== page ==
McDonnell Douglas C-9

McDonnell Douglas C-9
C-9 Nightingale/Skytrain II
USAF C-9 Nightingale in 1968
Role Jet transport
National origin United States
Manufacturer McDonnell Douglas
Introduction 1968
Retired September 2005 (USAF C-9A)
Status Retired / Active (C-9B)
Primary users United States Air Force
United States Navy
Number built 48
Developed from McDonnell Douglas DC-9

The McDonnell Douglas C-9 is a military version of the DC-9 airliner. It was produced as the C-9A Nightingale for the United States Air Force, and the C-9B Skytrain II for the U.S. Naval Reserve and Marine Corps. The final active-duty flight of the C-9A Nightingale was in September 2005.[1] The Boeing C-40 Clipper is replacing the Navy Reserve's aging C-9B fleet.[2][3]

Contents

Design and development

In 1966 the US Air Force identified a need for an aeromedical transport aircraft. The following year the Air Force ordered C-9A Nightingale aircraft. Deliveries began in 1968.[4] The C-9As were used for medical evacuation (MedEvac), passenger transportation, and special missions from 1968 to 2005. The original C9A aircraft delivered to the 375th AAW at Scott Air Force Base was named after Florence Nightengale in her honor by LT Col. Mary Ann Tonne, chief nurse, 375th AAW 1968.

C-9 Nightingale used for Aeromedical Evacuation

After selecting a modified DC-9 for passenger and cargo transport, the U.S. Navy ordered its first five C-9Bs in April 1972.[4] The C-9B aircraft have provided cargo and passenger transportation as well as forward deployed air logistics support for the Navy and Marine Corps. A C-9B was also chosen by NASA for reduced gravity research,[5] replacing the aging KC-135 Vomit Comet.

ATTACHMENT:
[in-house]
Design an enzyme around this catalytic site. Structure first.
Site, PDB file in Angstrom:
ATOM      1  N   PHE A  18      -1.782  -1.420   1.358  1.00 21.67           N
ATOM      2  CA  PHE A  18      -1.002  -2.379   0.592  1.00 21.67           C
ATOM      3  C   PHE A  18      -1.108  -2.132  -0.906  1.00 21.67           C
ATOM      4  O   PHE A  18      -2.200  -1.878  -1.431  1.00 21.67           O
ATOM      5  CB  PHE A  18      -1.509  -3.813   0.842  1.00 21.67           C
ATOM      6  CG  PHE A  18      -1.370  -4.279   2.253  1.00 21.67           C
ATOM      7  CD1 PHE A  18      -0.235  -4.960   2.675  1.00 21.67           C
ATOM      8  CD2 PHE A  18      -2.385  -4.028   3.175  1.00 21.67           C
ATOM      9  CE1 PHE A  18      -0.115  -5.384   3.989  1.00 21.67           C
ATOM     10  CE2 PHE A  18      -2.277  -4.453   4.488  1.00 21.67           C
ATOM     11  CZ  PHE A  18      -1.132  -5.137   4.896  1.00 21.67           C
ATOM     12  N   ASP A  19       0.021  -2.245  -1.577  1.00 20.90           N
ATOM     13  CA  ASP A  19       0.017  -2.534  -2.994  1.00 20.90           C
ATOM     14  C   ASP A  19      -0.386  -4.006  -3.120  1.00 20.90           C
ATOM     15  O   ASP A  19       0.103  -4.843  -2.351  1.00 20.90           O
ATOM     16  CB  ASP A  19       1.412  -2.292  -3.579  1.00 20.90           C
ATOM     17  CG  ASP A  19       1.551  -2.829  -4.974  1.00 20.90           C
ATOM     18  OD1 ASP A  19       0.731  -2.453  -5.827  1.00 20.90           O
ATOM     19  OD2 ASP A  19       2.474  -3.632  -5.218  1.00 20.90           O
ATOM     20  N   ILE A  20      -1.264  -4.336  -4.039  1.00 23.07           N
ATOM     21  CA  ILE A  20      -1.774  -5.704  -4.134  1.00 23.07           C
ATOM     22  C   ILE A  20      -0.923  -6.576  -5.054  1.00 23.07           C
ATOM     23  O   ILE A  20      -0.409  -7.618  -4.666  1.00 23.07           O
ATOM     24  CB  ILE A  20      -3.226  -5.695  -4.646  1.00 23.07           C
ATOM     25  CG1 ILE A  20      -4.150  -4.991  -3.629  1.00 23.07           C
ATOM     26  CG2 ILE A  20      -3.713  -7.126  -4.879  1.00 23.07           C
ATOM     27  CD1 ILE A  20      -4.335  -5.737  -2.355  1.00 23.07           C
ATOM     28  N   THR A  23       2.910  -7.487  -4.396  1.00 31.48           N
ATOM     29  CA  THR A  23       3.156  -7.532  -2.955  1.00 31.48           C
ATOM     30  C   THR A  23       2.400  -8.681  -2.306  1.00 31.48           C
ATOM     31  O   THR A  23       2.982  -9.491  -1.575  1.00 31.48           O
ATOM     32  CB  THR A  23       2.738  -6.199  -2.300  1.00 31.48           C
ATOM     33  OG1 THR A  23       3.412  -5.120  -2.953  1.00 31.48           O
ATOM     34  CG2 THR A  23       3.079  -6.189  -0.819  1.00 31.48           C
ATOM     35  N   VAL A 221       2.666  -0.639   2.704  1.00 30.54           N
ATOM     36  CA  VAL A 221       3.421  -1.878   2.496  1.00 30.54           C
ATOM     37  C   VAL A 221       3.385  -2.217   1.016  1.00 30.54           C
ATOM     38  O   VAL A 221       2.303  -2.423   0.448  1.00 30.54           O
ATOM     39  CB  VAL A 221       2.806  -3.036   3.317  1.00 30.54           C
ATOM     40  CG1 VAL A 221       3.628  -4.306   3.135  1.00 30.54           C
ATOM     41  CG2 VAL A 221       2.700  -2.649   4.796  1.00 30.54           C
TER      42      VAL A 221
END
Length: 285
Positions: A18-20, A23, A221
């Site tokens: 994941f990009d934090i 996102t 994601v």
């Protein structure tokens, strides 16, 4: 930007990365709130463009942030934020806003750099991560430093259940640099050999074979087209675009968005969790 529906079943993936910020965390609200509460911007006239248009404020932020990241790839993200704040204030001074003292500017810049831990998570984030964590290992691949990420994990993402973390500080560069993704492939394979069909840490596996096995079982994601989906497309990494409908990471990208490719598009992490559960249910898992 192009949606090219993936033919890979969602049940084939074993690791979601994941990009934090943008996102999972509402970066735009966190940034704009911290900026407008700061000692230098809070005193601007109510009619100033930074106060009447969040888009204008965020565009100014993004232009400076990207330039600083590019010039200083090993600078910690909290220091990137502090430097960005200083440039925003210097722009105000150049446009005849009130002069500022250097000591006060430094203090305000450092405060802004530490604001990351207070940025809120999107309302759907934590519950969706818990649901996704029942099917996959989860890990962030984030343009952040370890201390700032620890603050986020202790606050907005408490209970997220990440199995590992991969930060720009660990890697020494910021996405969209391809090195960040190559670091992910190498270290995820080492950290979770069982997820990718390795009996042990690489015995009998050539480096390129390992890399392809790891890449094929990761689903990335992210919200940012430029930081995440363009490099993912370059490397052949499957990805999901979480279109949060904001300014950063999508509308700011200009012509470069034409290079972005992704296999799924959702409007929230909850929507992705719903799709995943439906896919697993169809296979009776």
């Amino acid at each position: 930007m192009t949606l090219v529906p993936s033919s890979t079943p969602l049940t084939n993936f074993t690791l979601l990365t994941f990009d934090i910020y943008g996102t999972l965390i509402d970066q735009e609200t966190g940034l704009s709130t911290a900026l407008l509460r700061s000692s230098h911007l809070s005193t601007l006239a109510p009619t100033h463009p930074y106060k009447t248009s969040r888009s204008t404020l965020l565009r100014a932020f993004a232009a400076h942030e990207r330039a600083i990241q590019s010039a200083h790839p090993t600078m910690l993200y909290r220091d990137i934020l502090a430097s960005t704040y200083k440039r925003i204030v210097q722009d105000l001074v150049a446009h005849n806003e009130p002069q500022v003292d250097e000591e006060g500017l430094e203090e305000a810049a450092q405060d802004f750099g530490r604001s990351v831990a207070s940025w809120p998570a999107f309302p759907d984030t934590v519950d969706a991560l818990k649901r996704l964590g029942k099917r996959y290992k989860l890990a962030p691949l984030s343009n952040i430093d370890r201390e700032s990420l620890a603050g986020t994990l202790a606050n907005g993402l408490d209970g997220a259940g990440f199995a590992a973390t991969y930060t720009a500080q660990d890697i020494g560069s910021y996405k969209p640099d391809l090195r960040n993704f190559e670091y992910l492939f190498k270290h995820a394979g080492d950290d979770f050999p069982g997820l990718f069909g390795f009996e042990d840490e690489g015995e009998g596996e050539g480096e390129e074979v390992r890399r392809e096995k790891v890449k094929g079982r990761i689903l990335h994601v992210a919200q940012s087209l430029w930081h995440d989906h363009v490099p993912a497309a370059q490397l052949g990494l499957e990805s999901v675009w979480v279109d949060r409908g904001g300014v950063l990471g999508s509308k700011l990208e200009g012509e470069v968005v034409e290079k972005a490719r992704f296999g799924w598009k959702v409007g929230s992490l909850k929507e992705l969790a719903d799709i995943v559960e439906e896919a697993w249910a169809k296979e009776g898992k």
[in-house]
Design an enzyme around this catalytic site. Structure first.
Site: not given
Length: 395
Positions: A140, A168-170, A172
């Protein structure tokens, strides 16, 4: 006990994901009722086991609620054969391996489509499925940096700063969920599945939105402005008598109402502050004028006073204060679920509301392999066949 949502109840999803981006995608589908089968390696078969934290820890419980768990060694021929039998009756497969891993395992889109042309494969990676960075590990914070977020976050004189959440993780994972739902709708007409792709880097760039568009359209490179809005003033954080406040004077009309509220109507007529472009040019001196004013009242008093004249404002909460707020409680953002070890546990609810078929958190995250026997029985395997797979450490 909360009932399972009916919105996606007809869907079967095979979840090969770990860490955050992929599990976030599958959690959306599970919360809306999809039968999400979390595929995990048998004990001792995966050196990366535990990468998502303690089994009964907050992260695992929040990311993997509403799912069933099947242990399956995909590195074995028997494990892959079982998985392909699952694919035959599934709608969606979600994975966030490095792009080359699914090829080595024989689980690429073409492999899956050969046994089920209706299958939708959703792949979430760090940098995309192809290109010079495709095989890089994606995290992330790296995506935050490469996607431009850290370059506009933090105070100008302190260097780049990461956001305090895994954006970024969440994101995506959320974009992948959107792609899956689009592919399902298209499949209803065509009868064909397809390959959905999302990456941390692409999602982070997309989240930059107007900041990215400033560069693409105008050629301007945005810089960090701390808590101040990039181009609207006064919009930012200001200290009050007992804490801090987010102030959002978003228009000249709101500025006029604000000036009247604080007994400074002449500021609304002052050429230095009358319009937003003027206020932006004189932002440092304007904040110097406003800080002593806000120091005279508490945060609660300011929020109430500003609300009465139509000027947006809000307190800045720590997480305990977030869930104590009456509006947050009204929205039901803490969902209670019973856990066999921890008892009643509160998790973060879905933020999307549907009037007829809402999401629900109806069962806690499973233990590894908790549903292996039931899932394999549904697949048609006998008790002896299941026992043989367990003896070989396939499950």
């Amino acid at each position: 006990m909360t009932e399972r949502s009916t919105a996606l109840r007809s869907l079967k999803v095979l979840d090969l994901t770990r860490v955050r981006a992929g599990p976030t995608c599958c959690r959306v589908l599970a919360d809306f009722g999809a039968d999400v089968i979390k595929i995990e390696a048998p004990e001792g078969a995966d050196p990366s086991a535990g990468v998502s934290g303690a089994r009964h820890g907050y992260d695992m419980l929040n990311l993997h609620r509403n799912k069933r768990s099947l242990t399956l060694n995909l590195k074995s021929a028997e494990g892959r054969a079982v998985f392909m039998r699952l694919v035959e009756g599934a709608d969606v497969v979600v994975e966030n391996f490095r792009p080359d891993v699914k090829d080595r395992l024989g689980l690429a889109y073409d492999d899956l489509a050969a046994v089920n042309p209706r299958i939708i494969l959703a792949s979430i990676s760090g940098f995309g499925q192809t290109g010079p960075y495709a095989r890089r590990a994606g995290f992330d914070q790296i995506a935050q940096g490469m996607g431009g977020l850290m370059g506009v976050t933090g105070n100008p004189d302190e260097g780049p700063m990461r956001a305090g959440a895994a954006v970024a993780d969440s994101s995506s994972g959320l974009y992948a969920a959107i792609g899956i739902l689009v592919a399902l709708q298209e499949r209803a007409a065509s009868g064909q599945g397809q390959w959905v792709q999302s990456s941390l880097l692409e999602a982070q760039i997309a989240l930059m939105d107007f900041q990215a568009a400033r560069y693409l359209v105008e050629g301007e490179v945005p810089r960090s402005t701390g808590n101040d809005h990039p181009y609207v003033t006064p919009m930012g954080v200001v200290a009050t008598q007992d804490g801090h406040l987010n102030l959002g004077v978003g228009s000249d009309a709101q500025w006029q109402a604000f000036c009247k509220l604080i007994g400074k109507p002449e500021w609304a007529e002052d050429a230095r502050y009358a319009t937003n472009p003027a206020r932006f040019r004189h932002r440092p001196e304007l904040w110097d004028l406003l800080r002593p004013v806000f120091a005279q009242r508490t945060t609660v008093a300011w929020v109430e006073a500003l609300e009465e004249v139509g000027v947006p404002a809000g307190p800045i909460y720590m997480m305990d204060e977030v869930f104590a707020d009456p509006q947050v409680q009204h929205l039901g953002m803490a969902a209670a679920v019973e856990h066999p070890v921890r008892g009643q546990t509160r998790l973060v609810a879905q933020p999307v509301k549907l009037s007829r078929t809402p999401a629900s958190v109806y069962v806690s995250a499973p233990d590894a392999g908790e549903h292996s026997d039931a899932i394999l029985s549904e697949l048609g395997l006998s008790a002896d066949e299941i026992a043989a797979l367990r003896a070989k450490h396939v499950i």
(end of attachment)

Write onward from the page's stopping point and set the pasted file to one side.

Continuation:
Many of the Navy's C-9Bs have a higher maximum gross take-off weight (114,000 lb or 52,000 kg) and are fitted with auxiliary fuel tanks installed in the lower cargo hold to augment the aircraft's range to nearly 2,600 nautical miles (4,200 km) for overseas missions along with tail mounted infra-red (IR) scramblers to counter heat seeking missile threats in hostile environments.

A C-9 Skytrain II offloading on the ramp at Naval Air Station Brunswick.

The C-9 fleet was located throughout the continental U.S., Europe, and Asia.[6]

Variants

  • C-9A Nightingale - 23 aeromedical evacuation aircraft for the United States Air Force received from 1968.[7]
  • C-9B Skytrain II - 24 convertible passenger/transport versions for the United States Navy and Marine Corps delivered from 1973 to 1976. An additional five C-9s were converted from passenger configured DC-9s.[7]
  • VC-9C - 3 executive transport aircraft for the United States Air Force.[7] Three aircraft (73-1681, 73-1682, 73-1683) were delivered to the US Air Force in late 1976.
  • C-9K - 2 aircraft for the Kuwait Air Force.[7]

Operators

A US Navy C-9B Skytrain II
 Kuwait
 United States
 Venezuela

Specifications (C-9B)

The cockpit of a C-9 Skytrain

Data from Encyclopedia of World Air Power[4]

General characteristics

Performance

See also

Related development
Aircraft of comparable role, configuration and era

Related lists

References

  1. ^ "Historic C-9 heads to Andrews for retirement". US Air Force, 24 September 2005.
  2. ^ C-40A Clipper history page. US Navy, 16 November 2000.
  3. ^ "C-9B Skytrain II Completes 30 years of Continuous Fleet Support". US Navy, 2 June 2003.
  4. ^ a b c Gunston, Bill, ed. The Encyclopedia of World Air Power. New York, NY: Crescent Books, 1986. ISBN 0-517-49969-X.
  5. ^ The History of C-9B Reduced Gravity Research Program. NASA/JSC, March 25, 2008
  6. ^ C-9 Skytrain fact file. US Navy, 15 April 2005.
  7. ^ a b c d Becher, Thomas. Douglas Twinjets, DC-9, MD-90, MD-90 and Boeing 717, pp. 170-176, Crowood Press, Aviation Series, 2002. ISBN 1-86126-446-1.

External links


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